Each view would process the atomic commands - one at a time - and update itself accordingly.

Radu

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AndyAinscowFreelance programmer / ConsultantCommented:
In my opinion the place for the data 'store' is the document.  You can then (as you say) use hints and UpdateAllViews to let the views requery the document for data and redraw themselves.

Where to store the new object in the data structure?
From what you write it sounds like you store the pointer to the parent object in the object itself.  If that is the case just iterate up the chain of parents until you reach NULL (top of tree).  Now you have pointers to each node in the ownership chain and you can add the child to the appropriate list at the correct insert point.  This does NOT require an intimate link between view and document.  
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mrwad99Author Commented:
Hi Radu

Thanks for commenting on my question.  I understand what you are saying, but the question still remains as to how I know what element of the data structure to insert the new item into.  As mentioned above,

CItem* pParentItem = (CItem*)GetItemData(currently_Selected_Tree_Control_Node)

// can now insert data of any new item to be added to "currently_Selected_Tree_Control_Node" into pParentItem


I cannot do this if I delegate all the data processing into the document object, since I have not got access to the currently selected tree node so cannot get the data item associated with it, which is to be the parent of my new item!

Any ideas ?
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AndyAinscowFreelance programmer / ConsultantCommented:
Looking at your data structure itself it is not that complex.  
Each container contains a list of children.  All you need is to get the pointer to the container that has the new node (parent) and add the new node to its internal list (you can get the sibling nodes of the new item in the tree to 'inform' the container of where in the list to insert the new node).  Now tell the doc the data structure has been changed and let that update the views via the UpdateAllViews/hint mechanism.
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AndyAinscowFreelance programmer / ConsultantCommented:
You can also use the lParam member of the item you add to the tree for the pointer to the object in memory (should you not have a pointer to the parent as a member of the child item).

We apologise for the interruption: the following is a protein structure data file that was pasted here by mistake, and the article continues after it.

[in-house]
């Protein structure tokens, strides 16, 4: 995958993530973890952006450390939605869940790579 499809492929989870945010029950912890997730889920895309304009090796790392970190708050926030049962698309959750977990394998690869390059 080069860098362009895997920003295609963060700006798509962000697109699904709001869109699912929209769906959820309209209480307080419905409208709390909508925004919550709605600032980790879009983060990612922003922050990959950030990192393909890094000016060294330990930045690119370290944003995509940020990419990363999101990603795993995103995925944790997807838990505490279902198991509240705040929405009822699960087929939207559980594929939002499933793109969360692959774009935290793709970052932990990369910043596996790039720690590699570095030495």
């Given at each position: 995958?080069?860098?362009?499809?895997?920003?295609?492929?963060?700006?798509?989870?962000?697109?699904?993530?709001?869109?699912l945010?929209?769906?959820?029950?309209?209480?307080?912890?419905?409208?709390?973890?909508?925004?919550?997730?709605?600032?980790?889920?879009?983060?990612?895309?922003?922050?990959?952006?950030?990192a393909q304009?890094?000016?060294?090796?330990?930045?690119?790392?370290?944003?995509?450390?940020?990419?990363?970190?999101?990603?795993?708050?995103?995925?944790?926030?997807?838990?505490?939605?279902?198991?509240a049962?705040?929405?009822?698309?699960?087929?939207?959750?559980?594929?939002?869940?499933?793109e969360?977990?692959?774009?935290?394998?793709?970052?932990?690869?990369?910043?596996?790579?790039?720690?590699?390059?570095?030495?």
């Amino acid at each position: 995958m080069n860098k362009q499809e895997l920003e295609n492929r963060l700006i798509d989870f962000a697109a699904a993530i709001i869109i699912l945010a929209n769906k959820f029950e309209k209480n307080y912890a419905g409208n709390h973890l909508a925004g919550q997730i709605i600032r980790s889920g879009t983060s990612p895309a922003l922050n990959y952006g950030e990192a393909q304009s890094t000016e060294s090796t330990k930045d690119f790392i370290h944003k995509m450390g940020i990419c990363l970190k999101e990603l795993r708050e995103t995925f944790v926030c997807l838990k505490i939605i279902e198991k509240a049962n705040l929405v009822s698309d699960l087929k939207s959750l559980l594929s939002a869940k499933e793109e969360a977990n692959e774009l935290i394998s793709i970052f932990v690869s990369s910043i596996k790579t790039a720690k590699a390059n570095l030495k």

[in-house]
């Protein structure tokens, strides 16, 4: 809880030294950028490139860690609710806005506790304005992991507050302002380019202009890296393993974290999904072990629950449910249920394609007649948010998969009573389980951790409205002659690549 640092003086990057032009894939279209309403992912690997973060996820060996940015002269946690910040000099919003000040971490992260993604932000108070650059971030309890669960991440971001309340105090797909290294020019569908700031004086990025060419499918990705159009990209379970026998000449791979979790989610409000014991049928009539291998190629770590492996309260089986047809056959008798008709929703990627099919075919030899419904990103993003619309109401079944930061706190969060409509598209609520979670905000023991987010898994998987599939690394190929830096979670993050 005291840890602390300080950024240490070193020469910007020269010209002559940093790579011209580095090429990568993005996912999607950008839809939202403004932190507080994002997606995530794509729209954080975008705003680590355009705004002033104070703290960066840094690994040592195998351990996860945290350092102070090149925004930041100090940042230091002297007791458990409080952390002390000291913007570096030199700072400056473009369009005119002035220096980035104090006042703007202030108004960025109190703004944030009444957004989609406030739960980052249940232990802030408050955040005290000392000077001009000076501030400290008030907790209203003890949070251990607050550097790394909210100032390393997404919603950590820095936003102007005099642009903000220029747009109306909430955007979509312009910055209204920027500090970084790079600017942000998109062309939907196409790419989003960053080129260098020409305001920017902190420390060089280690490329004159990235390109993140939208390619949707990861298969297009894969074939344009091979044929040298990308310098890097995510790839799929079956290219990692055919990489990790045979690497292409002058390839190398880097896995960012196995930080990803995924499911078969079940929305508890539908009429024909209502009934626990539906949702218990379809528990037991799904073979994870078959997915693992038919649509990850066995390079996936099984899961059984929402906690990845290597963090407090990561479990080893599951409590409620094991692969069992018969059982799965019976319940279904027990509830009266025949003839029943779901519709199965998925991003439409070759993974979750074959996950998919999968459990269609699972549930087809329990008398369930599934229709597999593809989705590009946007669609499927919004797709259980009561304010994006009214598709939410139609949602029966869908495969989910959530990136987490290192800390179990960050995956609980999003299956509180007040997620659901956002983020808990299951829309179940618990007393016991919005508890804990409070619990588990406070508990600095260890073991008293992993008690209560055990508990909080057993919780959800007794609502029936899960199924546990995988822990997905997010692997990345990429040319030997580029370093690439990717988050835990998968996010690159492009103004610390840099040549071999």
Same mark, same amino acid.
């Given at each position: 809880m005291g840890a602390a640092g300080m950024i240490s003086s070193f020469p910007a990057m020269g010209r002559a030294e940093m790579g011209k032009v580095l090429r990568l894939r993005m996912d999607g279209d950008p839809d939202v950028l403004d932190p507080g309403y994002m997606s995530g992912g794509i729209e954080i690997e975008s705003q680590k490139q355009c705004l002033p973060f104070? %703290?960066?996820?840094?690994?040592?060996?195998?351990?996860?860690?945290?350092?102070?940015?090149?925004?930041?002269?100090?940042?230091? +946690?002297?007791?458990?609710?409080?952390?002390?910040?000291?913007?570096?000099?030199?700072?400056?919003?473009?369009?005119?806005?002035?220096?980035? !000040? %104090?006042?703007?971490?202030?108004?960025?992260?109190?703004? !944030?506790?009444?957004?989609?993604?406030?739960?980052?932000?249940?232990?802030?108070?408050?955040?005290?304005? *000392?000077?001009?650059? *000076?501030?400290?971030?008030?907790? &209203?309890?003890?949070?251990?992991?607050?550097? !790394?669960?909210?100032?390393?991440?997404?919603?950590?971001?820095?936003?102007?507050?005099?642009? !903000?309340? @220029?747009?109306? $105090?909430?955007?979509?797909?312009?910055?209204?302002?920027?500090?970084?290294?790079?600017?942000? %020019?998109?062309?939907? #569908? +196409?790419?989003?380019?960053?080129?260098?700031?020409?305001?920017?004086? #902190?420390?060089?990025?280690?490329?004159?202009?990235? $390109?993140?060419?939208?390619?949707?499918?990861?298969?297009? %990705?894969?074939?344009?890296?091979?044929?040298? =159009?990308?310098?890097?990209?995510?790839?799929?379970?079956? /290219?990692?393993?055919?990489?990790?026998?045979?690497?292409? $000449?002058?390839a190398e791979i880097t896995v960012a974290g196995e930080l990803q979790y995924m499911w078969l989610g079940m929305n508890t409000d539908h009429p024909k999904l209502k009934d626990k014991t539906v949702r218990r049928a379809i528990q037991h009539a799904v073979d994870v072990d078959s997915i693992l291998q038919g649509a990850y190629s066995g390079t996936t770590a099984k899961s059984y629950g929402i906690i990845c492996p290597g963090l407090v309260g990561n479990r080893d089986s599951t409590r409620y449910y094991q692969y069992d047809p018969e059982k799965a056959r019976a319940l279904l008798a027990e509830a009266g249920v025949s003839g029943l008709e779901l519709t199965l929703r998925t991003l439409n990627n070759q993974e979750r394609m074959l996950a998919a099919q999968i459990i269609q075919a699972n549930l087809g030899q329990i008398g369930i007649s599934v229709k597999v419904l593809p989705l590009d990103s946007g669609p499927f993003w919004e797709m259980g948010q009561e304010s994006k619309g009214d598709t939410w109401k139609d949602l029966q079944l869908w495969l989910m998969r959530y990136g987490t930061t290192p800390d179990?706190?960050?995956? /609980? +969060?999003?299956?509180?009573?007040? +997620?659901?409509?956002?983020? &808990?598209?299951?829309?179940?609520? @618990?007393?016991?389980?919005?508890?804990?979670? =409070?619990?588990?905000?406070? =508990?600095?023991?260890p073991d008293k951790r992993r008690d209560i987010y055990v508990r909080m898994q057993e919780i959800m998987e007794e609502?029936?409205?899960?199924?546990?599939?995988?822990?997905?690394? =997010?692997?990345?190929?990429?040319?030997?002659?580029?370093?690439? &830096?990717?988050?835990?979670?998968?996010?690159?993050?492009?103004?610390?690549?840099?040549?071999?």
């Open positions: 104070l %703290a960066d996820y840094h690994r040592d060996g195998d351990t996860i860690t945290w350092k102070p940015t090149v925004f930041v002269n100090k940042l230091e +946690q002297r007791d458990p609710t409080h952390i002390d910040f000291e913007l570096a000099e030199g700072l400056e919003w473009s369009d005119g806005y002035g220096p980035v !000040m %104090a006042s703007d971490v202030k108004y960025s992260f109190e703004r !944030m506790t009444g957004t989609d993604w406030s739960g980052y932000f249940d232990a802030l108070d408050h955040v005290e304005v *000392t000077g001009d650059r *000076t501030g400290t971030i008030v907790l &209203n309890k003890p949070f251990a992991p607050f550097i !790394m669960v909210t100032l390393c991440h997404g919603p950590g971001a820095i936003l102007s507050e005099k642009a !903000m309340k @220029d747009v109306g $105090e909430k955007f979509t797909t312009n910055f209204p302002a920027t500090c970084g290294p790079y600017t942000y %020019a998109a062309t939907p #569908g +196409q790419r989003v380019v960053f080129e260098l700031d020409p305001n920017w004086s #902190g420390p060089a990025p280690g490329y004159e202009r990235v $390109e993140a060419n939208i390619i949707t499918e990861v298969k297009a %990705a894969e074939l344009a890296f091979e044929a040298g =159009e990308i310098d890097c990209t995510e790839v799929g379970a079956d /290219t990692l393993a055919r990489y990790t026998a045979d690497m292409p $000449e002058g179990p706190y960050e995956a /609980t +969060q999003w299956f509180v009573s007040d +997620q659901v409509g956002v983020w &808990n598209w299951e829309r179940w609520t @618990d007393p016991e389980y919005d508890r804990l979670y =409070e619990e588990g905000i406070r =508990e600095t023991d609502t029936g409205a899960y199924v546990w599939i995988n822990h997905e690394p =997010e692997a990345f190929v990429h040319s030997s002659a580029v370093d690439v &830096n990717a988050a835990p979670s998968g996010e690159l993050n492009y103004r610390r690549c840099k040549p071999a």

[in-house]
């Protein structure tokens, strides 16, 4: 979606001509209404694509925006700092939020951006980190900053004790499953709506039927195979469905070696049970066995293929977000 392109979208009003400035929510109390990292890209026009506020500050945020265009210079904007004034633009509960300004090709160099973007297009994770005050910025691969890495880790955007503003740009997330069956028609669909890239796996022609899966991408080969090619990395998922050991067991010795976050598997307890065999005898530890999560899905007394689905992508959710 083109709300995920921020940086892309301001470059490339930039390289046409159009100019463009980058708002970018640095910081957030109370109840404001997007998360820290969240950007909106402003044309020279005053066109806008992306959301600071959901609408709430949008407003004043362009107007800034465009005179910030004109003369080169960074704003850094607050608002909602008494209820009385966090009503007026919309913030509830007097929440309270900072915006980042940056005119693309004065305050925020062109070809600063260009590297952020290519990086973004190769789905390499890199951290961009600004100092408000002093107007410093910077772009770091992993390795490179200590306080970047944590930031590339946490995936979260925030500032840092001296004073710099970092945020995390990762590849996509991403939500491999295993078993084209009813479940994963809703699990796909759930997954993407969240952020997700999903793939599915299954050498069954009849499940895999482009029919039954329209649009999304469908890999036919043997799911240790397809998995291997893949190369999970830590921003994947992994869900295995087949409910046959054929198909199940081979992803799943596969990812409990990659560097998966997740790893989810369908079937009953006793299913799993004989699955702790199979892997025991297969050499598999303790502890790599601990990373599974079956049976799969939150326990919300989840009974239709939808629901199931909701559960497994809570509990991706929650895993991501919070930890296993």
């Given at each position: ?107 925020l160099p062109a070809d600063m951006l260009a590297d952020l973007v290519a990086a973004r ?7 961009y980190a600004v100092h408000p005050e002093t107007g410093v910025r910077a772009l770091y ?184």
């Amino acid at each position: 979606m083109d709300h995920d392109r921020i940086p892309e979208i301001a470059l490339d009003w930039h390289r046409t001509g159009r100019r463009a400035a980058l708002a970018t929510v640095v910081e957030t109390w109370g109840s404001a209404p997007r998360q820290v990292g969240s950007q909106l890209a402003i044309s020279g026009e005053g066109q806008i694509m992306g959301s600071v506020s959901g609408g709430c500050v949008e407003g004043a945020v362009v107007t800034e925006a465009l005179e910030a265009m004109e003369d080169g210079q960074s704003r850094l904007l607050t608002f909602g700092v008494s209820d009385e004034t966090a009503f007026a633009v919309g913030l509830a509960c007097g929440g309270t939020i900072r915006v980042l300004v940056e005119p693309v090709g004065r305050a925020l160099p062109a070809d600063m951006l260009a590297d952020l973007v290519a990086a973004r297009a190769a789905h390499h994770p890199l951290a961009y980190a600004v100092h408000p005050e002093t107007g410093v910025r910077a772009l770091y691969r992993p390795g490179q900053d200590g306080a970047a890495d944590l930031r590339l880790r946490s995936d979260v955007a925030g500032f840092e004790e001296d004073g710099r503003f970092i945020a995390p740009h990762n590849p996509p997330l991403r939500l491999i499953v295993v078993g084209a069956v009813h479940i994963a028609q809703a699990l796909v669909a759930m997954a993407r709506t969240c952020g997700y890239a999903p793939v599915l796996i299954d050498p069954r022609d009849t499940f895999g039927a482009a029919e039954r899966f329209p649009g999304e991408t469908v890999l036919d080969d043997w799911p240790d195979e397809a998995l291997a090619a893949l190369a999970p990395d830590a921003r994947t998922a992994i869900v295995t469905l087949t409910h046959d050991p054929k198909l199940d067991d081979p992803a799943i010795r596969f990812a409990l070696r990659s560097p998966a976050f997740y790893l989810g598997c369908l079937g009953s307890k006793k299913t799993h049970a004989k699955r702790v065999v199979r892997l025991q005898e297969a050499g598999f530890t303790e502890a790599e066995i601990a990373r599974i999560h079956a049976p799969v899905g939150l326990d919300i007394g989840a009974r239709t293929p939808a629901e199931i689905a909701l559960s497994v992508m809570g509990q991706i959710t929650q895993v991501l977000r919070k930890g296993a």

TVITEM
Specifies or receives attributes of a tree-view item. This structure is identical to the TV_ITEM structure, but it has been renamed to follow current naming conventions. New applications should use this structure.


typedef struct tagTVITEM{
    UINT      mask;
    HTREEITEM hItem;
    UINT      state;
    UINT      stateMask;
    LPTSTR    pszText;
    int       cchTextMax;
    int       iImage;
    int       iSelectedImage;
    int       cChildren;
    LPARAM    lParam;
} TVITEM, FAR *LPTVITEM;

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mrwad99Author Commented:
Hi Andy

Thanks for joining in.

I am aware of everything that you have said, but I appreciate the effort nonetheless.

My problem, as mentioned, is the obtaining of the parent data structure to insert the new item into.  Again, if I have the tree structure

+ MyProject(linked to a CProject*)
  + MyFirstContainer(linked to a CConcreteContainer*)
     + MySecondContainer(linked to another CConcreteContainer*)
        + MyFirstItem(linked to a CConcreteItem*)
        + MySecondItem(linked to another CConcreteItem*)

and the user, say, wants to add another CConcreteItem to MySecondContainer.  The current implementation of my project would allow this operation via a right click on node "MySecondContainer" and selecting "Add new CConcreteItem" from a context menu.  

Now, updating the tree control on its own is easy; I simply add a new node as a child to the item that was right clicked on, i.e. CMySecondContainer. But updating my data structure is not so simple.

I know I have to create a new CConcreteItem*.  And I know that in order to keep an accurate data structure, this new item should be added to the data structure of the parent node, i.e. the CConcreteContainer* that is linked to MySecondContainer.  My question is

"How do I get hold of the CConcreteContainer* that is linked to MySecondContainer ?"

I have given a suggestion of:

every time a new node is selected in the tree view, obtain a pointer to the CItem* associated with it, and store this in some member variable in the CDocument.

EG

CMyTreeView::OnSelChanged(...)
{
   HTREEITEM hCurSel = <Currently selected item>
   CItem* pCurData = (CItem*)GetItemData(hCurSel);  // Get CItem associated with the current selected tree node